Sliced white bread is a category unto itself. Soft, squishable, and light on flavor, it acts as a sponge for dark, savory barbecue sauce; unites peanut butter and jelly in holy matrimony; and makes a damn good slice of toast. Yet white bread is rarely, if ever, the star of the show here in the US, and in that way, it’s an outlier.
More notable for the things it lacks—such as color—white bread hardly garners the same enthusiasm as dense, crusty bakery loaves. In many Asian countries, however, white bread has both different context and connotation: Rather than the substance-free counterpoint to heartier, more sophisticated breads, white bread forms the base of towering, visually arresting creations like Shibuya honey toast and Taiwanese coffin bread, while still comprising everyday foods like buttered toast and convenience store sandwiches.
A brief history of white bread
So-called Western-style bread—bread baked in an oven, rather than steamed or fried like Chinese baozi or mantou—arrived in Japan via Dutch and Portuguese trading ships that docked in the port city of Nagasaki in the 16th century (the word for bread in Japanese is an interpretation of the Portuguese word pão). Japanese bakers eventually developed their own style of bread called shokupan: literally, “food bread.” Today, white loaf-style bread is commonly found in many Asian countries, including Singapore, South Korea, and Taiwan.
To open your eyes to the expansive wonders of the humble sandwich loaf, we’ve provided a brief overview of some of the most distinctive white-bread-based dishes found throughout Asia, and how you can obtain them (or make them) yourself.
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Coffin bread, or guan cai ban, is a sinister-sounding but iconic Taiwanese night market dish consisting of an inches-thick slice of white bread that’s fried, hollowed out, and filled with a cream-based seafood and chicken stew, then topped with a toasted bread lid. Said to have originated in the southern city of Tainan in the 1940s, according to sites like What to Cook Today, coffin bread is similar in construction to the South African dish bunny chow, and is also often compared to American pot pie or soup in a bread bowl.
You’ll find a plethora of recipes online, including one from Saveur, which involves brushing the bread with butter and baking it instead of frying. If you’re not up for making coffin bread yourself, you might need to hop a flight to Tainan, as there don’t seem to be many US restaurants that make it (but by all means, let us know if you find one).
Ogura toast is a Japanese breakfast treat originating in the southern city of Nagoya. Made of just a few simple ingredients—a slice of shokupan (atsugiri, or extra thick-cut) spread with butter or margarine, a dollop of ogura an (sweet red bean jam), and occasionally whipped cream—it’s a staple of Japanese kissaten, or old-school coffee shops, where it can be ordered as part of a “morning set” with coffee.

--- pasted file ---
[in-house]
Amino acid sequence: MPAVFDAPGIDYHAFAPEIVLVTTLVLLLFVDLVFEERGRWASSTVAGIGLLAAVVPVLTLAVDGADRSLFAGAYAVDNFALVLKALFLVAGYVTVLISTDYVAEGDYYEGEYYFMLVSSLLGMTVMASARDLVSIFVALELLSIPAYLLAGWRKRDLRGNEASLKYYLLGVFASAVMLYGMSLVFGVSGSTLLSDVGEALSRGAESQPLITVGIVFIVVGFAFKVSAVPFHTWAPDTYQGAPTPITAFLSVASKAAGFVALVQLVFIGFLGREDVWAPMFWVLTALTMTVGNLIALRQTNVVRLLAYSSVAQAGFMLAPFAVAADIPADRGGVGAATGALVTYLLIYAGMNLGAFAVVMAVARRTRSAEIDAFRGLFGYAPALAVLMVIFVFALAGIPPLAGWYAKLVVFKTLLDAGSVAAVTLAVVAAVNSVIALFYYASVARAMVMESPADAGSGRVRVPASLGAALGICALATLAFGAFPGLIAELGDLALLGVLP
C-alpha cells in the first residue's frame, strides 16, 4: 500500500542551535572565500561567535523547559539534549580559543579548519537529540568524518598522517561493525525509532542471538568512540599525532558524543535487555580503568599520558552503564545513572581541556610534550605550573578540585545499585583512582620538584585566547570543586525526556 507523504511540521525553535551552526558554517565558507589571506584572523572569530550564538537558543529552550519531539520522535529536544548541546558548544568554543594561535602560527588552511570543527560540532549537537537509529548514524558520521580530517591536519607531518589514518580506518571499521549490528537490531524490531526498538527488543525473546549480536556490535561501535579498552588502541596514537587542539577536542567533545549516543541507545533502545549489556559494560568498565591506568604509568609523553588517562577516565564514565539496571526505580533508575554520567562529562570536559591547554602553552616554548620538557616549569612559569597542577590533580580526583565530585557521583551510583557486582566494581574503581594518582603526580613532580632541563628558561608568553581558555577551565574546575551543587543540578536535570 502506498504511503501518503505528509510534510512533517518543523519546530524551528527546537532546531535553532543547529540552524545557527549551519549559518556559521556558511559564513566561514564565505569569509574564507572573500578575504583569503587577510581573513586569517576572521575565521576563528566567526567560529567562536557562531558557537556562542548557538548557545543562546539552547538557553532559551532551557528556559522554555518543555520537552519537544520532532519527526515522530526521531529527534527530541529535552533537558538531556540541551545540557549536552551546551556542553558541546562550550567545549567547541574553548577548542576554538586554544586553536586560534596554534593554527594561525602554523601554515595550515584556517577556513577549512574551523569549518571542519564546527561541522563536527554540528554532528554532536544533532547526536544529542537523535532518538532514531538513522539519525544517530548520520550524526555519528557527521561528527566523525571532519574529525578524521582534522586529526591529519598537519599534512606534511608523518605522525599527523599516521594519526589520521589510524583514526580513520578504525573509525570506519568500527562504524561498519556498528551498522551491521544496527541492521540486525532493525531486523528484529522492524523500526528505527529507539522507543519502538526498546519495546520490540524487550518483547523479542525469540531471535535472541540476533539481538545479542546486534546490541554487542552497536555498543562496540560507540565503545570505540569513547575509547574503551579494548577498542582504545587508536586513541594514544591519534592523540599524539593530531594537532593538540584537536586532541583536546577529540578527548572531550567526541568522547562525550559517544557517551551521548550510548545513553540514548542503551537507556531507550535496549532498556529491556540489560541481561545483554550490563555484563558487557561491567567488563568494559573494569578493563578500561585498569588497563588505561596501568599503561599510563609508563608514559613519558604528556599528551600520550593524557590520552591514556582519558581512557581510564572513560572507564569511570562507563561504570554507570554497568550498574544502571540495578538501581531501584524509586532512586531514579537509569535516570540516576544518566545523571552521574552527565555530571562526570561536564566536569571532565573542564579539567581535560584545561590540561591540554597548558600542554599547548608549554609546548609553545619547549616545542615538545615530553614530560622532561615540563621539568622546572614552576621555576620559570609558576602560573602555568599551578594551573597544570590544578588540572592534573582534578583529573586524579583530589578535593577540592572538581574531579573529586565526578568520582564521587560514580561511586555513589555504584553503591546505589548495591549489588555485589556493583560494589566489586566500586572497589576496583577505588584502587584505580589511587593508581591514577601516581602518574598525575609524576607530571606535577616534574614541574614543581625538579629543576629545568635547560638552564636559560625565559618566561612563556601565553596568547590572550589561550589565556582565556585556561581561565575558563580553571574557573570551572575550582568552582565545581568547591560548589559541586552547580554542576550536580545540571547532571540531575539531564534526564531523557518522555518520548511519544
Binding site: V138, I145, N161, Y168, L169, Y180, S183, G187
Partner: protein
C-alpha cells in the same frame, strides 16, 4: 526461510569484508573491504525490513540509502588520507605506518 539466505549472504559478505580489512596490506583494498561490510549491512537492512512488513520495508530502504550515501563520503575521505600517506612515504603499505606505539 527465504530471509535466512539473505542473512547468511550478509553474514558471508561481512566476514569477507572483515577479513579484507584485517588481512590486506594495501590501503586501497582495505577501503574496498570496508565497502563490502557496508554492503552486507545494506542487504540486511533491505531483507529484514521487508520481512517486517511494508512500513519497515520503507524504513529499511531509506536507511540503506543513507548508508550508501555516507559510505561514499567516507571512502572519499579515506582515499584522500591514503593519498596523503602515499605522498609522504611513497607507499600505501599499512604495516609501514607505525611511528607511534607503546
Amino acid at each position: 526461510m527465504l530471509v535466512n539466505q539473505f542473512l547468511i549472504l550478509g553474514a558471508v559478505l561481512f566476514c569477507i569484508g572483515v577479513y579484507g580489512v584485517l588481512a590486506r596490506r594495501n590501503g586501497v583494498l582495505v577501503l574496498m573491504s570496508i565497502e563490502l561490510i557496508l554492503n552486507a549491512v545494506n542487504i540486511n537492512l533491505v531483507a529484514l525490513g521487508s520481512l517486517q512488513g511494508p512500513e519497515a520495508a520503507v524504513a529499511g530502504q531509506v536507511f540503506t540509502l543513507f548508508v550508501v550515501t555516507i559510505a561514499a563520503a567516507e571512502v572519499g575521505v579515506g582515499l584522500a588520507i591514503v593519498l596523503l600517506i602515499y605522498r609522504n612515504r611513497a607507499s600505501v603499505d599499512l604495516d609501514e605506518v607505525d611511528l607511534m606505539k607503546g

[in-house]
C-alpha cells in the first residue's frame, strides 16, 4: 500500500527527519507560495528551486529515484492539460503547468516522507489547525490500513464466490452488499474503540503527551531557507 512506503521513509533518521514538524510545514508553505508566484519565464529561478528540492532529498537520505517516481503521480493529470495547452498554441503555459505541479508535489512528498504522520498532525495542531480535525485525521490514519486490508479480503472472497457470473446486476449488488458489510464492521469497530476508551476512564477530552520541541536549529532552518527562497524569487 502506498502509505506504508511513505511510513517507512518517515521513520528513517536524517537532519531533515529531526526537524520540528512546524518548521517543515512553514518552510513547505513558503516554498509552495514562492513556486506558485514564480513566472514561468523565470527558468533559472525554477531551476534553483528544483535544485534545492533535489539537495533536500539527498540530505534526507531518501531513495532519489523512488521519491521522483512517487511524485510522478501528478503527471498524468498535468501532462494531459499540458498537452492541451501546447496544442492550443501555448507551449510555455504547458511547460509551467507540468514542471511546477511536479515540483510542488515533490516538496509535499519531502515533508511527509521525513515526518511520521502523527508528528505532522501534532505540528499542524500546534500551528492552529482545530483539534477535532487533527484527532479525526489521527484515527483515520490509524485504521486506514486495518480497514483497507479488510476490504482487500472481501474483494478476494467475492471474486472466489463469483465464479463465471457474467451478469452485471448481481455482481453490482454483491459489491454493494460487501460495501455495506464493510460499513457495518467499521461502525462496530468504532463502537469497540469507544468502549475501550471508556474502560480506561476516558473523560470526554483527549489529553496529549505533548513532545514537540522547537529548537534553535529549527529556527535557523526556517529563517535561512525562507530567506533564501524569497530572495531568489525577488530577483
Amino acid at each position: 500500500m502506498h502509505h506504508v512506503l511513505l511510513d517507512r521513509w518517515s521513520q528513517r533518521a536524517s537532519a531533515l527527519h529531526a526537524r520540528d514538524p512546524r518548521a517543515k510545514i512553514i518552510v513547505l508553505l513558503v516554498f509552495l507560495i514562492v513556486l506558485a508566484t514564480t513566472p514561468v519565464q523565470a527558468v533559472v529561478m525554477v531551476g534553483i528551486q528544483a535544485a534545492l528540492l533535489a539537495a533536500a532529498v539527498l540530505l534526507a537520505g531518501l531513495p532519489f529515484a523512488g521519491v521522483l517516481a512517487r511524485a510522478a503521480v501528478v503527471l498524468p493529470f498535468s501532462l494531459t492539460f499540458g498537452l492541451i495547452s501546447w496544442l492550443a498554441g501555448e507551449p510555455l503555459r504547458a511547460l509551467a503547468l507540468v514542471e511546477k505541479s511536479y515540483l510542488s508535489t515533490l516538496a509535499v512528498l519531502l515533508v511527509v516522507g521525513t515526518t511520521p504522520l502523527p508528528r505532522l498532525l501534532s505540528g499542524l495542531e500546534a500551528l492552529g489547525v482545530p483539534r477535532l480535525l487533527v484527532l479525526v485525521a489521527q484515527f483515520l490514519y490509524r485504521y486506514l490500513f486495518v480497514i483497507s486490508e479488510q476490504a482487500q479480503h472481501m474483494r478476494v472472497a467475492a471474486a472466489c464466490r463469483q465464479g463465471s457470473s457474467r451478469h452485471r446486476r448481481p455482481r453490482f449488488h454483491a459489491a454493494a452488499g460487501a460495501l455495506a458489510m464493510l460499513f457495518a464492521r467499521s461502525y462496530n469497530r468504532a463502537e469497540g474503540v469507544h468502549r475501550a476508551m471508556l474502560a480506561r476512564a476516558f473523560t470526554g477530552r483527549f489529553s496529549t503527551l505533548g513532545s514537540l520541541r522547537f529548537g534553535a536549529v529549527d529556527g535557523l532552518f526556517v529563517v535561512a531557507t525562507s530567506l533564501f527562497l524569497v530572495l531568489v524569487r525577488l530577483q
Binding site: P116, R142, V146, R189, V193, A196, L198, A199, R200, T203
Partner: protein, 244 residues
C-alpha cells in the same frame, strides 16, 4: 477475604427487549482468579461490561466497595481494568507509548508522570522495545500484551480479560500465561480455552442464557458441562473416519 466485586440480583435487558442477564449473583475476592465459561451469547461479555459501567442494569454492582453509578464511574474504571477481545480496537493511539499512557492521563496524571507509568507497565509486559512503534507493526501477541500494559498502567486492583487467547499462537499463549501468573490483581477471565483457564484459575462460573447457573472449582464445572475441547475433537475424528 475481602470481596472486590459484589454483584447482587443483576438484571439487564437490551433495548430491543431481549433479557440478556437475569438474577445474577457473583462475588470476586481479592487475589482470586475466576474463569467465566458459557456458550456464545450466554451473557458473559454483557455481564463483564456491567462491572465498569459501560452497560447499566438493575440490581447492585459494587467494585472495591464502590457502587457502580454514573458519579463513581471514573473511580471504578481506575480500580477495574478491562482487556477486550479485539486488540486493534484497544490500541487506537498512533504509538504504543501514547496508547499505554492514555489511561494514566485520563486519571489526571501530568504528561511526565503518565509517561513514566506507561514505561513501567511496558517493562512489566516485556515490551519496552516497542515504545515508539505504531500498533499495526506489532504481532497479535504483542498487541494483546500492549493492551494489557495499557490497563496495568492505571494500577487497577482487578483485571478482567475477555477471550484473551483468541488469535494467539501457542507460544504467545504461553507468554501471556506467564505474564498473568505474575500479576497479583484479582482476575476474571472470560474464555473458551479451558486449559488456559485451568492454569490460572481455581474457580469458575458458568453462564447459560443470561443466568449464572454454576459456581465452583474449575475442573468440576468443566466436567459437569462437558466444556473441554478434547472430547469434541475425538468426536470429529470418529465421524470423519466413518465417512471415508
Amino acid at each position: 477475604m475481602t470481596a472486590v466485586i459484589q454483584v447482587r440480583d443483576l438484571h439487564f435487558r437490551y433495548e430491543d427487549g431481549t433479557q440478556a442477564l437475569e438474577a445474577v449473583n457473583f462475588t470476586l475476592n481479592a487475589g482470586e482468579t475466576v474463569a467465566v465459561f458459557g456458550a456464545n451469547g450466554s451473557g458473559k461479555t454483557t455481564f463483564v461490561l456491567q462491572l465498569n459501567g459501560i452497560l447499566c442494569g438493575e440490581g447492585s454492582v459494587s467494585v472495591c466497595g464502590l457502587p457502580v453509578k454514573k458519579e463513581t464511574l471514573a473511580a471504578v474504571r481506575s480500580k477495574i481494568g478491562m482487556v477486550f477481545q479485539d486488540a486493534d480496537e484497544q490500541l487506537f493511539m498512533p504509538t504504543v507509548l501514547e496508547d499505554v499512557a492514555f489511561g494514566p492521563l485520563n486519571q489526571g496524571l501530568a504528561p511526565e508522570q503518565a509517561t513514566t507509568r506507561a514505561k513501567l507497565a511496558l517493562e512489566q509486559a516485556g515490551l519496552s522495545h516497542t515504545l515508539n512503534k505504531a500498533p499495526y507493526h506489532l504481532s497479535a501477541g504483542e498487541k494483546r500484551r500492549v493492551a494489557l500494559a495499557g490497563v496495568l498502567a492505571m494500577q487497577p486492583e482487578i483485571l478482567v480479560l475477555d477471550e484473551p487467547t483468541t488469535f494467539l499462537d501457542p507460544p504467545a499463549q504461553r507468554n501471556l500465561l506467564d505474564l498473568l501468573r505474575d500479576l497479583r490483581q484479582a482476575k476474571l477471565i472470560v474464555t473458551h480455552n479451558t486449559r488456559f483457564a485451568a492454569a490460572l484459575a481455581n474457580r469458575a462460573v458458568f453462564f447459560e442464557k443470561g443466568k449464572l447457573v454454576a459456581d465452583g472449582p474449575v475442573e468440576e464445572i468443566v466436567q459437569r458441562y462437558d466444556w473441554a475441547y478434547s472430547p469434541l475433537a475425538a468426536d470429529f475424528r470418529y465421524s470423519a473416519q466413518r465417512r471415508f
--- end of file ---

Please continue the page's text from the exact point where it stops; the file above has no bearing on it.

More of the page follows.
Stateside, you can order an ogura toast set at New York’s Davelle, a modern kissaten that also offers lunch and dinner options like chicken katsu curry and cod roe spaghetti. You can also buy canned ogura an at your local Asian supermarket if you want to try making this toast at home.
Shibuya Honey Toast
Also called brick toast or Shibuya toast, Shibuya honey toast consists of an imposing slab of toasted white bread, similar to coffin bread, that gets hollowed out and stuffed with fillings like ice cream, fruit, and toasted cubes of its own scooped-out innards. The name refers to the bustling Tokyo neighborhood where the dish is thought to have been invented, according to Gastro Obscura.
Popular as well in both Taiwan and Singapore, honey toast is one of a spate of recent Japanese sweet dishes to find a foothold in the States: others include souffle pancakes and taiyaki. An Instagram search for #honeytoast and #honeybricktoast pulls up hundreds of specimens of varying degrees of architectural excess, and you can order it at spots like Grace Street Cafe in New York’s Koreatown and Oh My Pan in Los Angeles’ San Gabriel Valley. You can also try making it at home: recipes abound on blogs like Chopstick Chronicles, and on food sites including Saveur and Food52.
Toast it, stuff it, and slather it with whatever you want, but Asian-style milk bread offers an ethereal eating experience on its own, too. In Japan, you’ll find bakeries dedicated almost entirely to the perfect loaf of shokupan, and it’s on the menu at a number of specialty Japanese or Asian-inspired bakeries, like Pâtisserie Fouet in New York and Breadbelly in San Francisco.
These days, however, you can pick up a loaf at nearly any Japanese or Korean bakery, and at stores like Mitsuwa Marketplace and H Mart. If you’re feeling particularly ambitious, you can try baking it yourself: the New York Times and Bon Appetit both offer recipes. Once you’ve got a whole loaf to work with, you can go about making any of the above dishes, as well as everything from a pork katsu sandwich to a Japanese convenience-store-style egg salad sandwich, a la the Los Angeles cafe Konbi. Alternatively, just tear out the cottony center and eat it like a little kid would.